How the Final Season of 'Supergirl' Perfectly Captures PTSD
When I hear “Supergirl” I automatically think of two things: my favorite TV show and one of the few female-leading superheroes. Supergirl —also known as Kara Zor-El, is the infamous Superman’s cousin in the show. She came to Earth to protect Superman as he grew up, but was stuck in the Phantom Zone for 24 years, so when she finally came to earth, Superman was all grown up and he certainly didn’t need any protection. Meanwhile, Kara hadn’t aged a day due to being in the Phantom Zone.
For the first five seasons, Kara brings up being in the Phantom Zone many times, but never discusses it further. It’s merely a brief mention in conversations before she moves on. The most Kara had said about the Phantom Zone before the sixth season is that it’s “cold” and “dark.” However, in the final season, one of Supergirl’s biggest enemies sends her back to the Phantom Zone, leaving her trapped once again, and this time things turn out differently when she returns to Earth.
While her friends were figuring out how to save her, viewers finally got to see what the Phantom Zone consisted of. For the first time, we saw that it’s filled with phantoms that make people relive their worst nightmare again and again. For Supergirl, this meant losing her powers and seeing her family and friends die repeatedly. In the show, these are called “Fear Visions.” And even after she gets back to Earth and the phantoms are gone, there are a lot of signs that point to Kara having post-traumatic stress disorder (PTSD) from her experience.
Symptoms of PTSD include avoidance, lacking interest in activities you once enjoyed, being easily startled or frightened, always being on guard for danger, and trouble concentrating. Additionally, PTSD often includes having intrusive thoughts, such as reliving the traumatic event as if it were happening again, recurrent unwanted memories of the traumatic event and irritability or anger outbursts due to the traumatic event. Throughout the sixth season of Supergirl, all of these symptoms are present.
As Kara returns to Earth, trauma appears to overwhelm her. She starts having what’s clinically referred to as “flashbacks” of being trapped with the phantoms. The show replays the look of pain on her face as the phantoms take over her thoughts, and viewers watch as Kara relives her trauma again and again. The phantoms created lingering panic about the possibility of her friends and family getting hurt.
Due to this, Kara pushes the rest of her life away, focusing solely on being Supergirl. This means that she quits the job that she loves, pushes away friends and colleagues, and continues to have flashbacks — even in the middle of saving the day. Eventually, she stops living her normal life altogether. She’s afraid of being Kara because it means putting Supergirl aside — which could lead to the people around her getting hurt because she wasn’t there to save them.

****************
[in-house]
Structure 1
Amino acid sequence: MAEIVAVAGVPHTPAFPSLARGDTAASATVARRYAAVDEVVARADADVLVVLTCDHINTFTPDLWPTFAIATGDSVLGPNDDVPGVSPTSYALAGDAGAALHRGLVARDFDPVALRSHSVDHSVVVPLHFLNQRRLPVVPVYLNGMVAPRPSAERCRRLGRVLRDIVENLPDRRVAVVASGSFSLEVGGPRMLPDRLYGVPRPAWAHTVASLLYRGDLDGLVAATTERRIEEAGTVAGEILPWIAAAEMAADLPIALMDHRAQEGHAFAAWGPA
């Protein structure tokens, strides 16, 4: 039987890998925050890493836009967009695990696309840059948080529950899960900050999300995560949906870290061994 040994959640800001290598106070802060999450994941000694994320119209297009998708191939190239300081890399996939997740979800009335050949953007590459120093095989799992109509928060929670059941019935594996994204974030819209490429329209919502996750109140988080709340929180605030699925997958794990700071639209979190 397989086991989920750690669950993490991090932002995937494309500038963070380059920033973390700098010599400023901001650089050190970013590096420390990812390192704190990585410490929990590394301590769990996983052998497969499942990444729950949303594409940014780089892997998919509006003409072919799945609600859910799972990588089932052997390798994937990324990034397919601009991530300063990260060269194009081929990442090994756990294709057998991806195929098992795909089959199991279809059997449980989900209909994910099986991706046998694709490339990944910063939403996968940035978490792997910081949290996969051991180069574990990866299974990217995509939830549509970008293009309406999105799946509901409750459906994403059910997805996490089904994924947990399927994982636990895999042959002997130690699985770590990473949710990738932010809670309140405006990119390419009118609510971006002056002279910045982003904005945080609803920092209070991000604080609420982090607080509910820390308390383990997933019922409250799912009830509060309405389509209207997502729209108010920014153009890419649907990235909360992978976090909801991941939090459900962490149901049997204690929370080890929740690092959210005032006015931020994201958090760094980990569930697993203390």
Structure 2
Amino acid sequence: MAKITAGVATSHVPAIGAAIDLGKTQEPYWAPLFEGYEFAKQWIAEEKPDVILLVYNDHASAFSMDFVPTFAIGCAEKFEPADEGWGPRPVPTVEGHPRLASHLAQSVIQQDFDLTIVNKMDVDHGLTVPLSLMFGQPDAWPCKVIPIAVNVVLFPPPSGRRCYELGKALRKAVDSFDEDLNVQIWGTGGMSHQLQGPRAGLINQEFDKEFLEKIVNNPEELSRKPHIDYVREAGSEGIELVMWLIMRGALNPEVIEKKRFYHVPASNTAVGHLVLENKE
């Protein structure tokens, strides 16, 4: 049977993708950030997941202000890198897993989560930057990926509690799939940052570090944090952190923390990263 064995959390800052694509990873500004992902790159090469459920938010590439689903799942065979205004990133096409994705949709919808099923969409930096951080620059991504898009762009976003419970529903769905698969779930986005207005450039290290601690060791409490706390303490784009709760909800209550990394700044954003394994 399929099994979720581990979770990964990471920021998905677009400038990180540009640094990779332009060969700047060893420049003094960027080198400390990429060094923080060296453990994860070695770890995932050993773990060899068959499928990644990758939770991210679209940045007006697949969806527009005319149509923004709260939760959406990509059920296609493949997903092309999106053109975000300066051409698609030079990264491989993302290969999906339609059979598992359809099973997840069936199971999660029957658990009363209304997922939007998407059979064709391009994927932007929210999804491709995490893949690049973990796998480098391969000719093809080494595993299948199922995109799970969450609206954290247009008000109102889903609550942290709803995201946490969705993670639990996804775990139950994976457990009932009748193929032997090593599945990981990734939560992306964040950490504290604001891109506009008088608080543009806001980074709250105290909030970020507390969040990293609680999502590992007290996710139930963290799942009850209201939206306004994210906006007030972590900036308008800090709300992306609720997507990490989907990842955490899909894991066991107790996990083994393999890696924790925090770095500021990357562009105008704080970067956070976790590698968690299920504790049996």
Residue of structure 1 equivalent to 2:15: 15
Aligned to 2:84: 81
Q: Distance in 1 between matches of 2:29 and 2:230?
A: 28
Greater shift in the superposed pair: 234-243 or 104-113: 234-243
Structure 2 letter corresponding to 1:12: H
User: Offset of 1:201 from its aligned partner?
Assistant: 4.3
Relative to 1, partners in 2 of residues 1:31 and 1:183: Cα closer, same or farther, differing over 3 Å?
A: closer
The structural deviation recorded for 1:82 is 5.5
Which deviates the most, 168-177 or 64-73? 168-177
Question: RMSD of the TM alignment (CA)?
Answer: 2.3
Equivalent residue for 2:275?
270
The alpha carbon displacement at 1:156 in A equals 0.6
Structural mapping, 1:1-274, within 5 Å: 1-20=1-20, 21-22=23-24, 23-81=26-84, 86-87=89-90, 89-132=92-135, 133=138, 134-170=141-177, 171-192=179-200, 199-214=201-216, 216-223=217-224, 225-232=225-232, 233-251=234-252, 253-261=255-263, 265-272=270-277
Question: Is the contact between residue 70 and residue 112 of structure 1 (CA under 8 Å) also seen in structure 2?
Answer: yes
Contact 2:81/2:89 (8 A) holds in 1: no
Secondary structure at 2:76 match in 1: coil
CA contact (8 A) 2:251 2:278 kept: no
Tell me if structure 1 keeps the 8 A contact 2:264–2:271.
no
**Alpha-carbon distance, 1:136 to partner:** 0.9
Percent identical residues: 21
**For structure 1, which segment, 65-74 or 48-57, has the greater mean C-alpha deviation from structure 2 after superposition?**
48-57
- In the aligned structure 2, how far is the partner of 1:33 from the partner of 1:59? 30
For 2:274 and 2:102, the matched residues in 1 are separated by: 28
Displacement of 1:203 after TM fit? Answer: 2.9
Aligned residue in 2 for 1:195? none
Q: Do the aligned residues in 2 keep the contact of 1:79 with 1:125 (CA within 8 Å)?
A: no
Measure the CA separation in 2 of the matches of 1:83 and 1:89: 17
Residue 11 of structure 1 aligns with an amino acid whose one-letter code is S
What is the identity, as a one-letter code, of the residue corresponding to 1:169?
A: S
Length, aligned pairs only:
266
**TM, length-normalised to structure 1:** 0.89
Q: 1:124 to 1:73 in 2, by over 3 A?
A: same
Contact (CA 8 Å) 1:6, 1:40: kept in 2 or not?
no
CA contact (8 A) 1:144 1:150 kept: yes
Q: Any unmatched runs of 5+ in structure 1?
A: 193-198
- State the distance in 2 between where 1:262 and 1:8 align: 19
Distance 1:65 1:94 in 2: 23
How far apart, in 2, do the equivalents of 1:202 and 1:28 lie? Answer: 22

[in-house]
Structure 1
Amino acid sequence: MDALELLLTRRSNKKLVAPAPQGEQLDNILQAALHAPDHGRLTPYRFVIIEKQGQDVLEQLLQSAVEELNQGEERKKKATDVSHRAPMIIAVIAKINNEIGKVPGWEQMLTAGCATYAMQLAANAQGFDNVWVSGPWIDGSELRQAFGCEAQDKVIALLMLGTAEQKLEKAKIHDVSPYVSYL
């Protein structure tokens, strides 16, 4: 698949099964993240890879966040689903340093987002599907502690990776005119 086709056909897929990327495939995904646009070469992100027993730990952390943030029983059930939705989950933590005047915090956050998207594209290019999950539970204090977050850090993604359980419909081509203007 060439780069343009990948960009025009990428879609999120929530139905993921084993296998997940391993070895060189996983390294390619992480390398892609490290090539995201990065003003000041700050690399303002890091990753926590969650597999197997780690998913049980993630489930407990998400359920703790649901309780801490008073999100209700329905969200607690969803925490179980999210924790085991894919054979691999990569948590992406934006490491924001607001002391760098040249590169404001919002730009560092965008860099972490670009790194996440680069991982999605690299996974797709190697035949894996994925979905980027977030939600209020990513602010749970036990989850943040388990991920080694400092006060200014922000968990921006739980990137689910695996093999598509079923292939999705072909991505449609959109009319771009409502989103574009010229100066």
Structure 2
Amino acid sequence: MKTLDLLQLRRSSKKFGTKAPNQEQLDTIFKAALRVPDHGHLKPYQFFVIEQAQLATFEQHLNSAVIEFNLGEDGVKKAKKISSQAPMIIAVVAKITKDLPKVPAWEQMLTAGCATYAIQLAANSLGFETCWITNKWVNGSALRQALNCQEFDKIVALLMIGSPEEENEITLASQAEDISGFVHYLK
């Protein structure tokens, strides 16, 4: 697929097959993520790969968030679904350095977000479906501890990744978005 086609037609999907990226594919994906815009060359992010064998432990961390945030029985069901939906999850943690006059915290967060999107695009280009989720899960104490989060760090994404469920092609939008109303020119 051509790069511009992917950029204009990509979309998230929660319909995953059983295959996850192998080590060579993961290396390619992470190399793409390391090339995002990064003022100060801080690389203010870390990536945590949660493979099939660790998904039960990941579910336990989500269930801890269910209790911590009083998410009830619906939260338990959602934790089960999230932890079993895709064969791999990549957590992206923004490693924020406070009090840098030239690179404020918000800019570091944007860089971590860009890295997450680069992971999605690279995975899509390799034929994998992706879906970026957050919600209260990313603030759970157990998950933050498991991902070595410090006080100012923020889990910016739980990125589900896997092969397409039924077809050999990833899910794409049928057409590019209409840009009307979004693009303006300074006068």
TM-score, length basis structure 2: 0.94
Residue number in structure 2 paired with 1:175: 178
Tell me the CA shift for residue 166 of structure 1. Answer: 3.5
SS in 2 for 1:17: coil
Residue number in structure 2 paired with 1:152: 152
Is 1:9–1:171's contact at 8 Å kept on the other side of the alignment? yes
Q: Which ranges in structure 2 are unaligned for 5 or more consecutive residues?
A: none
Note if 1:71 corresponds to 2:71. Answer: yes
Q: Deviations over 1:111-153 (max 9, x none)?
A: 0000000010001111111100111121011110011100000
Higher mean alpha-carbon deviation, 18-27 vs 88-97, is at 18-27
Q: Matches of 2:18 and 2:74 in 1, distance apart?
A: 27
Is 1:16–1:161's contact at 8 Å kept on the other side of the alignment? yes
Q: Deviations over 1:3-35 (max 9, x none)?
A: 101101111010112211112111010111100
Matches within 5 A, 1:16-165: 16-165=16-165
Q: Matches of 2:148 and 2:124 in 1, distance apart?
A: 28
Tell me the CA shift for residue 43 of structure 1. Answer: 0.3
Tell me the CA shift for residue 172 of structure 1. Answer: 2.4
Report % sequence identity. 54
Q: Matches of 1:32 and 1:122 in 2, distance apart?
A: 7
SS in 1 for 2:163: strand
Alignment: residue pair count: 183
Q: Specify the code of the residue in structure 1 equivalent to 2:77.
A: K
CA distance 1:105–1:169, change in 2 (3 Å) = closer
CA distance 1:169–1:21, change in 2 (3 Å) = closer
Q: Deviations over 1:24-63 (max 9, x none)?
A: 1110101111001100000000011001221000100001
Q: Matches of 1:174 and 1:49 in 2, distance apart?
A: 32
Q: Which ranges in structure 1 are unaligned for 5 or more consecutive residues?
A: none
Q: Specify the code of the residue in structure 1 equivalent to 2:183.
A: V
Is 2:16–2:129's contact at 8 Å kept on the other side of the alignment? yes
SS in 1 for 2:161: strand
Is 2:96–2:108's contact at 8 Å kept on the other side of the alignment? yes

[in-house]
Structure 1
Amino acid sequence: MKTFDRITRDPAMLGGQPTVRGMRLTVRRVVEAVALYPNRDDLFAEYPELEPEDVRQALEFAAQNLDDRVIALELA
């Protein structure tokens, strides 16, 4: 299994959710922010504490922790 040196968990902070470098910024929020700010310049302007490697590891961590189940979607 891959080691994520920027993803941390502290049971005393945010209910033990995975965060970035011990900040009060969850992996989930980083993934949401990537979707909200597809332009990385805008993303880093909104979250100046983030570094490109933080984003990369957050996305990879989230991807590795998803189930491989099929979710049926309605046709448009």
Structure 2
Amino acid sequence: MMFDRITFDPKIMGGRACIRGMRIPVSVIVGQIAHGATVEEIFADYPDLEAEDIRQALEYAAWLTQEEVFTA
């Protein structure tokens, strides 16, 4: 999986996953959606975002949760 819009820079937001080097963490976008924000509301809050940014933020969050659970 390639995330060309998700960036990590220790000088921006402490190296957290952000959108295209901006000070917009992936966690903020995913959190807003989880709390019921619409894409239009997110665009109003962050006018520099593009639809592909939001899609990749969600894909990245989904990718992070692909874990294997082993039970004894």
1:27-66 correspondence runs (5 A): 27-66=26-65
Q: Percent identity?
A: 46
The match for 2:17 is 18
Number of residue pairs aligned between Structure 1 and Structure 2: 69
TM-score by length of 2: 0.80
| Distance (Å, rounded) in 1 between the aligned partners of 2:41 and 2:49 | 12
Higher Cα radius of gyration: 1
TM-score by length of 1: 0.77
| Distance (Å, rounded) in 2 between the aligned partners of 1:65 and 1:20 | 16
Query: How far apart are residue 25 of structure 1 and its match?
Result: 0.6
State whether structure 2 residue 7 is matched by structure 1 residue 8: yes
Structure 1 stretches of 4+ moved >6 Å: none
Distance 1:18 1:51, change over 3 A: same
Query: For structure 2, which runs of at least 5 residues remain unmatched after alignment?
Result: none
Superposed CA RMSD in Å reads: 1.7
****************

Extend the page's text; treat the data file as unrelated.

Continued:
And while the show never brings up PTSD directly, the panic that Supergirl feels is something I can heavily relate to. Obviously, I’m not Supergirl by any means, but I do feel panic when I think about my trauma. I have flashbacks the same way Kara does, except instead of freezing, I tend to cry in my room as I relive the events. There are times I have unwarranted anger, the same way Supergirl does when her friends aren’t saving the day quickly enough. There are also times I push people away due to my trauma because I don’t want them to get hurt.
Additionally, when I think about how Kara portrays the Phantom Zone the first time versus how she portrays it after returning the second time, I think a lot about how I coped with my own trauma. Just like Kara, my primary coping skill was pretending the trauma hadn’t affected me at all — that I was completely fine. However, when I was forced to face it, I realized my trauma had affected me a lot. I just never took the time to process what happened to me. And when I was forced to face it, those years of minimizing my trauma came back to bite me as I finally began to realize that what I went through wasn’t normal — the same way Kara finally acknowledges her own trauma.
So while the show never outright calls Kara’s flashbacks and behavior post-traumatic stress disorder symptoms, I still think it’s groundbreaking that they would include PTSD-like symptoms at all. It sends the message to everyone watching that even a god-like superhero can struggle with mental illness, which is a message that needed to be sent. Many victims of trauma never speak up or get help due to thinking their trauma “isn’t that bad,” and I think seeing that even a superhero can go through trauma can be extremely validating to viewers. It may even encourage others to talk about their own traumas and realize they’re not alone.
Seeing Supergirl show how traumatic events can affect even the strongest of people gives me hope that one day society will also see that having PTSD isn’t a sign of weakness. PTSD is a legitimate mental illness that can make it hard to function in day-to-day life, and it can happen to anyone. And that was an important message to send.
Image via “Supergirl’s” Facebook